Drop in Central-Line Infection Rates Linked to Disinfection Caps
But in the Phase 2, which ran during parts of 2010 and 2011, clinicians used a tiny bright orange disinfection cap, sold under the brand name SwabCap. The manufacturer paid for the cost of the study under a testing protocol, which obtained human subject review approval, but NorthShore hospitals purchased the caps.
The cap acts as a hood for an even tinier sponge that's saturated with 70% isopropyl alcohol. When twisted onto the IV catheter, the cap squeezes the alcohol in the sponge into the connector, killing any bacteria within five minutes.
The percentage of catheters sampled with contamination went from 12.4%, 12.7% and 13.3%, respectively in each of the three hospitals during Phase 1, to 6.5%, 3.6% and 3.2% in Phase 2.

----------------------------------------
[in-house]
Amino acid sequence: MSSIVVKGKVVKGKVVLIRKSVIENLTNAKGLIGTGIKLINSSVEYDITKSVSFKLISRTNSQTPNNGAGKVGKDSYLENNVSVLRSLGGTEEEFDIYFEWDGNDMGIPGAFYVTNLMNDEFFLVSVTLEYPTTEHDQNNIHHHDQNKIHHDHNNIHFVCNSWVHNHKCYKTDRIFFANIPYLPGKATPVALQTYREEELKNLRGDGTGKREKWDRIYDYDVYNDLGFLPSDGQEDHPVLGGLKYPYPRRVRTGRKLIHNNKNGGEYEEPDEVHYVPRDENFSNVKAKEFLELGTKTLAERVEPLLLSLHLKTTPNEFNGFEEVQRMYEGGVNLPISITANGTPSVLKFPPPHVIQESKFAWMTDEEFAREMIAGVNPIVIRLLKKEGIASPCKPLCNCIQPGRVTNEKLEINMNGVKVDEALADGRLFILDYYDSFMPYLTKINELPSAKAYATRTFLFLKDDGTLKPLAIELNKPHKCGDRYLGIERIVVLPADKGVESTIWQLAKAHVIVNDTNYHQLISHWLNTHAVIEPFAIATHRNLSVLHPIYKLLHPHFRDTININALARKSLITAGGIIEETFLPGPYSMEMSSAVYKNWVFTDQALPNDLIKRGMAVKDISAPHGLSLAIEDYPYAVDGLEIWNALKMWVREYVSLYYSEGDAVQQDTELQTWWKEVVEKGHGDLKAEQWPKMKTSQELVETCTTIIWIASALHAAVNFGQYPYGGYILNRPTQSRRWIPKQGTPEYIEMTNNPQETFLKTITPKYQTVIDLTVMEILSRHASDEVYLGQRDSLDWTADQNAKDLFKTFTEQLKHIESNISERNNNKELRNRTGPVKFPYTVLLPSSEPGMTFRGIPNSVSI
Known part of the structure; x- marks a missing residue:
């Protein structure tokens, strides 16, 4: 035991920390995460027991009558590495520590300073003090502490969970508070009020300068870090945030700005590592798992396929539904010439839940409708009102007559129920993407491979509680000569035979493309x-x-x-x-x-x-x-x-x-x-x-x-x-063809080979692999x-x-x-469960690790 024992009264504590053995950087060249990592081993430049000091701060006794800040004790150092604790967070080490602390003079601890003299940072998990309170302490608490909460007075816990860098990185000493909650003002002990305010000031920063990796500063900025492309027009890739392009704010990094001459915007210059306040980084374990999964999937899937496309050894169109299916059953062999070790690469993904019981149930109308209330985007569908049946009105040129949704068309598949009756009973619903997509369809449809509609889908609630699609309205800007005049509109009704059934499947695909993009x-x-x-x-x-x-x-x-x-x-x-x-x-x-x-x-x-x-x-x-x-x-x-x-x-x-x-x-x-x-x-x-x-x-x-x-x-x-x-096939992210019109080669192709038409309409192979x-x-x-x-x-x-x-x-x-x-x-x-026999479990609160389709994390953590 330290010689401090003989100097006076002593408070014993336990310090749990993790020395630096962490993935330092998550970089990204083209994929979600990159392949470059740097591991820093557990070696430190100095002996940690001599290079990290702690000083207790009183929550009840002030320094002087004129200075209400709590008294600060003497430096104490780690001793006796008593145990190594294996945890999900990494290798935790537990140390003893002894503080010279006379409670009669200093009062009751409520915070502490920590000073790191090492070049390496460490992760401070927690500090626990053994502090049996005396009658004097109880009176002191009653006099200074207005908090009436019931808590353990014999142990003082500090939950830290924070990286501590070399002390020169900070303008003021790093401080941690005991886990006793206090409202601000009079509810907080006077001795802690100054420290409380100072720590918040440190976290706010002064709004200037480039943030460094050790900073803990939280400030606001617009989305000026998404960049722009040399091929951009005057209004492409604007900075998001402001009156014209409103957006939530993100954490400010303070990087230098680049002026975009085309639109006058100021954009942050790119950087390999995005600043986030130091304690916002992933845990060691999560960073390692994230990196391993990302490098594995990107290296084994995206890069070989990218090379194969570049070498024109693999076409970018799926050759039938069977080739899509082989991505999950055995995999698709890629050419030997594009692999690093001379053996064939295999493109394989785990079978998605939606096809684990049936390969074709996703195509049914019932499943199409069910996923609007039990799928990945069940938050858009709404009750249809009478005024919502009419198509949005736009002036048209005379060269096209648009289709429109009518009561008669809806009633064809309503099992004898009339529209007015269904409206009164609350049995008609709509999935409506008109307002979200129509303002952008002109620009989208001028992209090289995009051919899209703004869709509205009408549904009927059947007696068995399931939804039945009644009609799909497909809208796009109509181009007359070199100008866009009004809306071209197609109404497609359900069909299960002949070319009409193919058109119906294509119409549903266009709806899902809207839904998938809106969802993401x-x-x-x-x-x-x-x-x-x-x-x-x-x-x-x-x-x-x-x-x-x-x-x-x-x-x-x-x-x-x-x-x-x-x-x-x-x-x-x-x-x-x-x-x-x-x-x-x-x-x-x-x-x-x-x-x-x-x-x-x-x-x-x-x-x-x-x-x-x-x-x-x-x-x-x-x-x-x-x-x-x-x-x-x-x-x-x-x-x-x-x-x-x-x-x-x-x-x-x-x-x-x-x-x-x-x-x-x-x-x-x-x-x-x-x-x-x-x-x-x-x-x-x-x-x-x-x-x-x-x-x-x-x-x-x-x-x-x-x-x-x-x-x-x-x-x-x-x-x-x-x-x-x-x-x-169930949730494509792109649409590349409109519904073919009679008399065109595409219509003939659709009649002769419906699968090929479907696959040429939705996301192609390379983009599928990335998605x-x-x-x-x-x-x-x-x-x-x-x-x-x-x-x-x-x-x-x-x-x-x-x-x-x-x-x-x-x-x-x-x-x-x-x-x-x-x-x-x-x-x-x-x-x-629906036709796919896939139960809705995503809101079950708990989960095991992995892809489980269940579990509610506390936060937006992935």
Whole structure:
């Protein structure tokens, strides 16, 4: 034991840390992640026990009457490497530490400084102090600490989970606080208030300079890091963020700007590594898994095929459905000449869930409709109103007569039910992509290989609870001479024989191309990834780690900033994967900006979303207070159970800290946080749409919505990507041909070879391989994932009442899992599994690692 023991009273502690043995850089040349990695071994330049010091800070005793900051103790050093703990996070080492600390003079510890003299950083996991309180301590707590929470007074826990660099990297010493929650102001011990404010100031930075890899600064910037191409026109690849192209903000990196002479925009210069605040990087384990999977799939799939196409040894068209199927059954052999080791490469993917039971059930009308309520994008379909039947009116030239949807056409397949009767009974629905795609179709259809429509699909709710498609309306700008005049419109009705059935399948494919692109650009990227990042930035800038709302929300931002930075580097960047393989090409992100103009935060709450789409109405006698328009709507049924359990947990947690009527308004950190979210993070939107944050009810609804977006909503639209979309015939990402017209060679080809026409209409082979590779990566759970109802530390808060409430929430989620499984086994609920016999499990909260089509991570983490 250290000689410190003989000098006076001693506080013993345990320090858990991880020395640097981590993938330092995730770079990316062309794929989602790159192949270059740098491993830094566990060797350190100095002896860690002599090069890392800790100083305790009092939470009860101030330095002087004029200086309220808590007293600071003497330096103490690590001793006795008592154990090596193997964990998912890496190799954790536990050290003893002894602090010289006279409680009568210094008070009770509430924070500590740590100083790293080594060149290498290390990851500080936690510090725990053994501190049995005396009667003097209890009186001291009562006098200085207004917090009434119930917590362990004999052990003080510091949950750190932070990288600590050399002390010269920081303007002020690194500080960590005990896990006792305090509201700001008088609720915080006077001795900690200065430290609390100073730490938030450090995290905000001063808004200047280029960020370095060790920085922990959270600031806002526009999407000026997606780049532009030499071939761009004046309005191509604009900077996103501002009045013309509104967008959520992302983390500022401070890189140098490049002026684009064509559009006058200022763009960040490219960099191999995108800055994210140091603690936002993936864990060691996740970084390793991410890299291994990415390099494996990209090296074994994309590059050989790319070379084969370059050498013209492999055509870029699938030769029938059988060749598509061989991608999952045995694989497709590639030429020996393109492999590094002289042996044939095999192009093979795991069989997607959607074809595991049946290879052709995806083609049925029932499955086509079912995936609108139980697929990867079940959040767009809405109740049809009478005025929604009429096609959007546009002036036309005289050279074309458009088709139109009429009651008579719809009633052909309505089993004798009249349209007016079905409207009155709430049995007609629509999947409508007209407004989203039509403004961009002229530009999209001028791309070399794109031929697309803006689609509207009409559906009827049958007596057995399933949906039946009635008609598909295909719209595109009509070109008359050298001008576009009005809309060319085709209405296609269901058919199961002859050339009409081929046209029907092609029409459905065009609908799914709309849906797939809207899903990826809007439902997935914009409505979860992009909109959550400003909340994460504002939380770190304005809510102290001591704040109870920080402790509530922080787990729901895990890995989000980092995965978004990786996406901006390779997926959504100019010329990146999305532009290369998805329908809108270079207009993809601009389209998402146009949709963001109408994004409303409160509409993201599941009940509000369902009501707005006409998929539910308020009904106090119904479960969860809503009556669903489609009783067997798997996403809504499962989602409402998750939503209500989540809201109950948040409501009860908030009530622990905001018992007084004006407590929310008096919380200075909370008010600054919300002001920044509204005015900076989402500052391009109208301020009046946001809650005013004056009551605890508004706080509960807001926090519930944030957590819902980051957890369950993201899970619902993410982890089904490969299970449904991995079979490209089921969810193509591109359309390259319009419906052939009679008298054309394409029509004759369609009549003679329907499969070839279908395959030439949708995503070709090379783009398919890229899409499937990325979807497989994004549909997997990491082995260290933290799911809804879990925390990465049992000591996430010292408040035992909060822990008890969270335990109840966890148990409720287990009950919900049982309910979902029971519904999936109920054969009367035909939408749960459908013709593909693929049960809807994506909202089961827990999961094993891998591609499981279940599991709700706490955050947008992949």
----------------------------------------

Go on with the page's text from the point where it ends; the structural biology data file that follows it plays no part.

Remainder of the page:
For Phase 3, which ended in 2011, Wright and colleagues wanted to be sure that some other infection control initiative wasn't responsible for the improvement. So the largest facility, Evanston Hospital, continued the study by going back to the standard "scrub the hub" technique used in Phase 1.
Contamination rates resumed to 12.6%, or about where they were in Phase 1, and NorthShore ended the study.
When the trial ended 18 months ago, the hospitals were sold on the strategy, especially after a cost analysis revealed that the caps, which cost .20 to .30 a piece, at a total cost per day of $2 per day per catheterized patient, cost NorthShore's four facilities a total of only $60,000 per year. "It was a slam dunk," Wright says.
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